This section is from the book "The Law Of Contracts", by William Herbert Page. Also available from Amazon: Commercial Contracts: A Practical Guide to Deals, Contracts, Agreements and Promises.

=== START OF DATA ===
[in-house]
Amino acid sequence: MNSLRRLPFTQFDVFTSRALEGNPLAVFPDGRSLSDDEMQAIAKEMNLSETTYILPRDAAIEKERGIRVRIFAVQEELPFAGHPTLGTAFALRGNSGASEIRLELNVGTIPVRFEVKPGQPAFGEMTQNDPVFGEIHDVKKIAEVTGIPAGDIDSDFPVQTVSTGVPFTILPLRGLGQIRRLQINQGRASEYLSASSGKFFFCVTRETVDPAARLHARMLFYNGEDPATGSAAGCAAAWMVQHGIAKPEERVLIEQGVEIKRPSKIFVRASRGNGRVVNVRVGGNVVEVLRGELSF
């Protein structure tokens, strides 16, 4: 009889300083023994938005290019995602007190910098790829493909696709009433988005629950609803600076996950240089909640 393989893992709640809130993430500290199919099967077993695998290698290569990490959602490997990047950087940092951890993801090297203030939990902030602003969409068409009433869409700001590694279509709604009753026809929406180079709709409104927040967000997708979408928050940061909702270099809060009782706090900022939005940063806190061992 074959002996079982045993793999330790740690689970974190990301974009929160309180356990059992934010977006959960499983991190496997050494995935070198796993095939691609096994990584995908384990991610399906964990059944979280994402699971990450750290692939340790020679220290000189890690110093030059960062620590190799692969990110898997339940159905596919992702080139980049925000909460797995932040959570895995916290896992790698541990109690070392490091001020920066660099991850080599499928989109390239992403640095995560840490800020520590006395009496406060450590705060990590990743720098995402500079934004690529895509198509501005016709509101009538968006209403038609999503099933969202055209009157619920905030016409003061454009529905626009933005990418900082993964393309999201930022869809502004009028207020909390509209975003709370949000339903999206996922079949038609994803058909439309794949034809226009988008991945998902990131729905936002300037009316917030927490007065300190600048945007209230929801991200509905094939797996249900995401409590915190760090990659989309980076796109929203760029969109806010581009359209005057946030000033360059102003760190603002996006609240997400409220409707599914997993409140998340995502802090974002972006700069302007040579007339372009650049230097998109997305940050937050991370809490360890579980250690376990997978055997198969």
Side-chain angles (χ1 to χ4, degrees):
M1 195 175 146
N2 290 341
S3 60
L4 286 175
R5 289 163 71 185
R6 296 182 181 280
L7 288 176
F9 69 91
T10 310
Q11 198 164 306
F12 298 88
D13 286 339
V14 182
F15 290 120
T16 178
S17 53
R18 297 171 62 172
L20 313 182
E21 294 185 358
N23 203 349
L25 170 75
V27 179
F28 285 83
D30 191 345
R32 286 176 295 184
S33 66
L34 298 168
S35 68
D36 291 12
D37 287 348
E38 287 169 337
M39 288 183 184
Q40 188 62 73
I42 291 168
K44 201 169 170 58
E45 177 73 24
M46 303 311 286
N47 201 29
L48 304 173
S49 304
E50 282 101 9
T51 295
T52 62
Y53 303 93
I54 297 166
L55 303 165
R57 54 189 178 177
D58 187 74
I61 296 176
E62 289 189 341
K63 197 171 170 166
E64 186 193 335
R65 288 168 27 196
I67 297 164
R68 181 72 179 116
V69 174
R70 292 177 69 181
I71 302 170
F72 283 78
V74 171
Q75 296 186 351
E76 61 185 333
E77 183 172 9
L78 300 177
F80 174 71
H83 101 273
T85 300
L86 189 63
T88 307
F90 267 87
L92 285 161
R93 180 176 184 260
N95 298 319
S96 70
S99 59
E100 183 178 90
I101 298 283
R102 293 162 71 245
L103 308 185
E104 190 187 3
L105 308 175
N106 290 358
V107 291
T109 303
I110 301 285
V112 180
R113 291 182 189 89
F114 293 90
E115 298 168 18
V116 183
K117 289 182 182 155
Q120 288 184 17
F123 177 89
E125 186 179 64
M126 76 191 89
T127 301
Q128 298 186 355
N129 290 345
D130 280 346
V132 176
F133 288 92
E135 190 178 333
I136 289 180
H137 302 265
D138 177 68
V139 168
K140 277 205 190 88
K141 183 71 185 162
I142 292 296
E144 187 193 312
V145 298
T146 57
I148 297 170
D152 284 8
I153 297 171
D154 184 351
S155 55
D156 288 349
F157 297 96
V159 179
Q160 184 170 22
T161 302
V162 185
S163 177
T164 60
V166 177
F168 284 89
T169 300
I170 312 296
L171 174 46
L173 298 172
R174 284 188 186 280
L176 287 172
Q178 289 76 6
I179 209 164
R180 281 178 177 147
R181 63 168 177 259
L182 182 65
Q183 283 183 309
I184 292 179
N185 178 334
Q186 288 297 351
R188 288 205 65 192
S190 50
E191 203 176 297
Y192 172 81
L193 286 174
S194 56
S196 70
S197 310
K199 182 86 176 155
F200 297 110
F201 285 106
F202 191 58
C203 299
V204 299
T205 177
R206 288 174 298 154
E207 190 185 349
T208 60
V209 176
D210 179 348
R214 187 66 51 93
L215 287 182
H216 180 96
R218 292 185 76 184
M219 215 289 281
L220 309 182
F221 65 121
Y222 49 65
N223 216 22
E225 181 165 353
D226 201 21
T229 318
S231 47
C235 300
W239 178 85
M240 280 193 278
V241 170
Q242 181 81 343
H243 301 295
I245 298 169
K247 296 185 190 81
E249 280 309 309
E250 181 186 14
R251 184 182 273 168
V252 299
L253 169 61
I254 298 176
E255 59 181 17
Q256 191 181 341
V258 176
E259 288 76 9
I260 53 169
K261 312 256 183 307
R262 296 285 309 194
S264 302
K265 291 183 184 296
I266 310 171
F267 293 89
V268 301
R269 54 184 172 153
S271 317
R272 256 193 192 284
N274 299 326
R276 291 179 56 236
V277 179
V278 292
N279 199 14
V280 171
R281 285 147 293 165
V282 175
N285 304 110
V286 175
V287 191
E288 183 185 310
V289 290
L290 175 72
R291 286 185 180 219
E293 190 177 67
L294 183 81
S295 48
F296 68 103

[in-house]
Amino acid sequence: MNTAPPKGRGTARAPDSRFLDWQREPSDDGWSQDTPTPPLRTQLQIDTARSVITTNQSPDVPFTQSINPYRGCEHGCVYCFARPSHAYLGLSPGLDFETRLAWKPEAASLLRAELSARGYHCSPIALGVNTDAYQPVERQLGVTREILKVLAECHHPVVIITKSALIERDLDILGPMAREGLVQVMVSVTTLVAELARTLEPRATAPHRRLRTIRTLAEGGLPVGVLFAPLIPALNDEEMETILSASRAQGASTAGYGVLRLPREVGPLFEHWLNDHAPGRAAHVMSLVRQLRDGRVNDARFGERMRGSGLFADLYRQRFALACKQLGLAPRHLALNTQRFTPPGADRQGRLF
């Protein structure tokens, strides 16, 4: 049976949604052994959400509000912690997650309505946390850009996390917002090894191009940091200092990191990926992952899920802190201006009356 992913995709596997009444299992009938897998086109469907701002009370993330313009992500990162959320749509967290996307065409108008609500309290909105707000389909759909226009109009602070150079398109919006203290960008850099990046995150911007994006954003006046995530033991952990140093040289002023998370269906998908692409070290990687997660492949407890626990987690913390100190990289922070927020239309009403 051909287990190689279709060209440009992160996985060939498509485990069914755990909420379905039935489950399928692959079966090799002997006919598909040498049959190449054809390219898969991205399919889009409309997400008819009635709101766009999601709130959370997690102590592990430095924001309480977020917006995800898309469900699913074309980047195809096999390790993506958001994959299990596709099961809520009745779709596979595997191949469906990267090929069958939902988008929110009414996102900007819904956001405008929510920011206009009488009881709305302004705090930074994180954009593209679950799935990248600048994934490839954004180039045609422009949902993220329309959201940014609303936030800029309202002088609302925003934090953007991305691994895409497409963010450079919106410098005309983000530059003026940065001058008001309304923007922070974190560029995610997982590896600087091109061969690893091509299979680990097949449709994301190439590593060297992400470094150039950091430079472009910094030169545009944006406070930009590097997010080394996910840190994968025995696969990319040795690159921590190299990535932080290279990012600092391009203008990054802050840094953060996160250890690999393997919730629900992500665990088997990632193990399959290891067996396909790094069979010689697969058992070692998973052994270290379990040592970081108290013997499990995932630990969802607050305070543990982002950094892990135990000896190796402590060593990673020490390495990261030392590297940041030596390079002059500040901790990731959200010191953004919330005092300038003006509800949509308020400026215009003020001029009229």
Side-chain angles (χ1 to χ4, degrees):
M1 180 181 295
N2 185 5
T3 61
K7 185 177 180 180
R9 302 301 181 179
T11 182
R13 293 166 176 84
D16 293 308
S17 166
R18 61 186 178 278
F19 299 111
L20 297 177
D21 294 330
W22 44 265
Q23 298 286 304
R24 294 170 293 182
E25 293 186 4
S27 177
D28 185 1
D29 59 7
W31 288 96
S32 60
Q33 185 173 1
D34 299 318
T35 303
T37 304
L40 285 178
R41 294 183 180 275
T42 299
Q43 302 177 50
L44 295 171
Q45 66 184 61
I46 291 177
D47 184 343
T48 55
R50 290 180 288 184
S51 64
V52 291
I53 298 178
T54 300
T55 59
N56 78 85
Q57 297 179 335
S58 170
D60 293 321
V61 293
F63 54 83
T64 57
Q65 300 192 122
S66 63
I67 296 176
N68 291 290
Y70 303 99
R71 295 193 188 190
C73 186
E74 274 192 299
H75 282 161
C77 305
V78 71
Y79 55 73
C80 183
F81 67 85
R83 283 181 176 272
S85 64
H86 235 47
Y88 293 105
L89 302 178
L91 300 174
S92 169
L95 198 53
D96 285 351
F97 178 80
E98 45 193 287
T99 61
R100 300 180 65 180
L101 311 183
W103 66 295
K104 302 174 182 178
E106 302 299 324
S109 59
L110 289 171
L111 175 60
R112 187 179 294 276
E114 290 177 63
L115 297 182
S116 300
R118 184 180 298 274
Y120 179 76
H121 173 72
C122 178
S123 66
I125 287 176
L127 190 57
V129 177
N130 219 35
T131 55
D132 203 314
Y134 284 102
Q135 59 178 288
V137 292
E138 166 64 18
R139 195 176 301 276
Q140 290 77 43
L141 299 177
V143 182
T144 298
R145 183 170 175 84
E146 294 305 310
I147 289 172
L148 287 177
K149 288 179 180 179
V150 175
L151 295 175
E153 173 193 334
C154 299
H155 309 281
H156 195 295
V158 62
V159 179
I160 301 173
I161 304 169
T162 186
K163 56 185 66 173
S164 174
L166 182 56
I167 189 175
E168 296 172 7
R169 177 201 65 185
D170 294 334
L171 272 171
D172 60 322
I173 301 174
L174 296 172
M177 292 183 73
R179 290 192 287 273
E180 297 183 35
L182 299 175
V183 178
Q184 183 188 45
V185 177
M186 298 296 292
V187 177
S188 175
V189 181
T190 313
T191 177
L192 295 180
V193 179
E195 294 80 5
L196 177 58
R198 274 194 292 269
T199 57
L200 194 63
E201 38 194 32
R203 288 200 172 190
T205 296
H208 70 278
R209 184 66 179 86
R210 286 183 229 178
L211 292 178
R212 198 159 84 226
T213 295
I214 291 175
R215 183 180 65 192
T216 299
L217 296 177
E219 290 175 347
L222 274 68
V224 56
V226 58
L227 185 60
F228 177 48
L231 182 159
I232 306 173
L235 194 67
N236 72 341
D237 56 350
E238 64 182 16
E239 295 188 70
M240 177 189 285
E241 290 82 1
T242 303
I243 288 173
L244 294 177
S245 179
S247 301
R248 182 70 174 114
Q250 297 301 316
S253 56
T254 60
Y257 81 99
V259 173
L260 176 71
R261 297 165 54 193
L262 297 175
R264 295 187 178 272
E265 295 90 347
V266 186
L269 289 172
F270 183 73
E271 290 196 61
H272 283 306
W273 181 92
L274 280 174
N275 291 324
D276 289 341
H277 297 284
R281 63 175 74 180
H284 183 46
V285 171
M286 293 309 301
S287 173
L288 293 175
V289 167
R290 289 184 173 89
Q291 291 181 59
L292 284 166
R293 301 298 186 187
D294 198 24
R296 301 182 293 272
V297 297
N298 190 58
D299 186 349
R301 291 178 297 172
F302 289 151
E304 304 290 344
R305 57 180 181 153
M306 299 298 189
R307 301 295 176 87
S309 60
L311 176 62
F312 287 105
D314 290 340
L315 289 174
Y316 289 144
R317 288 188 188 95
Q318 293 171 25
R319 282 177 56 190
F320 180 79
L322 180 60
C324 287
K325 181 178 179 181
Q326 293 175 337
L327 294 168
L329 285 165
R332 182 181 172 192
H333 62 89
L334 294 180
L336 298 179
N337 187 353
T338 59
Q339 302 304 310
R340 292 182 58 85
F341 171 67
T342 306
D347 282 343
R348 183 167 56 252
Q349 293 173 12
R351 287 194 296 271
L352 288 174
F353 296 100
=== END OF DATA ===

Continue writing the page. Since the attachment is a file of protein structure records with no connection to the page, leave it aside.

There are, however, certain exceptions to the general rule that in order to have specific performance in equity the contract to be enforced must be enforceable at law. The rule that certain kinds of part performance may make an oral contract enforceable, though of a class which by the terms of the statute of frauds must be proved by written evidence has already been discussed.1 Part performance is in most jurisdictions exclusively a doctrine of equity, without any effect at law. In such jurisdictions technical part performance of an oral contract which is included in the terms of the statute of frauds makes such contract enforceable in equity but not at law. In other cases the very fact that makes the contract unenforceable at law gives equity jurisdiction to enforce the contract specific. Thus at Common Law intermarriage of the parties to a contract operated as a discharge.2 Accordingly, executory ante-nuptial contracts were discharged by the marriage of the parties. In such cases equity would grant specific performance.3